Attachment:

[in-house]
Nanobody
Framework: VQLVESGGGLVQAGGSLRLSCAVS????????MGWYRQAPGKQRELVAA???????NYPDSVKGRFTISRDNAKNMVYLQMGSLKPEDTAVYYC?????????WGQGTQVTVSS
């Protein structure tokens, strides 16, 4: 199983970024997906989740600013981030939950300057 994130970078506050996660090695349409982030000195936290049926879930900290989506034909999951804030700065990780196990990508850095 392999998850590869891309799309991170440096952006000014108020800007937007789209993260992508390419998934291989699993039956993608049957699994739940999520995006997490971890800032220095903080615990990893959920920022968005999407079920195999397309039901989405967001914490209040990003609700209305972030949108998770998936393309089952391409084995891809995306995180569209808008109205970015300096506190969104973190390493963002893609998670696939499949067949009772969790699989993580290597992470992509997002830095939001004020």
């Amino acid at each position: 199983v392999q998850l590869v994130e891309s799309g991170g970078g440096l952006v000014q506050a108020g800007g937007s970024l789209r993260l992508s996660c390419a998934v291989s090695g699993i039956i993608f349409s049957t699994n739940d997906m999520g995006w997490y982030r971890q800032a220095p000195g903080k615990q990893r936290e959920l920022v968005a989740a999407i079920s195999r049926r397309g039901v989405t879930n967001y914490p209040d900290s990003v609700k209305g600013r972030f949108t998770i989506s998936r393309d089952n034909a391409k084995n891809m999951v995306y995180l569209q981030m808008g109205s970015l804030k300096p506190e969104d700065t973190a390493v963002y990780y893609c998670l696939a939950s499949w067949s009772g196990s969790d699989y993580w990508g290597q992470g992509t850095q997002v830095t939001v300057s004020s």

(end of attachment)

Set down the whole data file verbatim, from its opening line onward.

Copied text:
[in-house]
Nanobody
Framework: VQLVESGGGLVQAGGSLRLSCAVS????????MGWYRQAPGKQRELVAA???????NYPDSVKGRFTISRDNAKNMVYLQMGSLKPEDTAVYYC?????????WGQGTQVTVSS
């Protein structure tokens, strides 16, 4: 199983970024997906989740600013981030939950300057 994130970078506050996660090695349409982030000195936290049926879930900290989506034909999951804030700065990780196990990508850095 392999998850590869891309799309991170440096952006000014108020800007937007789209993260992508390419998934291989699993039956993608049957699994739940999520995006997490971890800032220095903080615990990893959920920022968005999407079920195999397309039901989405967001914490209040990003609700209305972030949108998770998936393309089952391409084995891809995306995180569209808008109205970015300096506190969104973190390493963002893609998670696939499949067949009772969790699989993580290597992470992509997002830095939001004020």
């Amino acid at each position: 199983v392999q998850l590869v994130e891309s799309g991170g970078g440096l952006v000014q506050a108020g800007g937007s970024l789209r993260l992508s996660c390419a998934v291989s090695g699993i039956i993608f349409s049957t699994n739940d997906m999520g995006w997490y982030r971890q800032a220095p000195g903080k615990q990893r936290e959920l920022v968005a989740a999407i079920s195999r049926r397309g039901v989405t879930n967001y914490p209040d900290s990003v609700k209305g600013r972030f949108t998770i989506s998936r393309d089952n034909a391409k084995n891809m999951v995306y995180l569209q981030m808008g109205s970015l804030k300096p506190e969104d700065t973190a390493v963002y990780y893609c998670l696939a939950s499949w067949s009772g196990s969790d699989y993580w990508g290597q992470g992509t850095q997002v830095t939001v300057s004020s």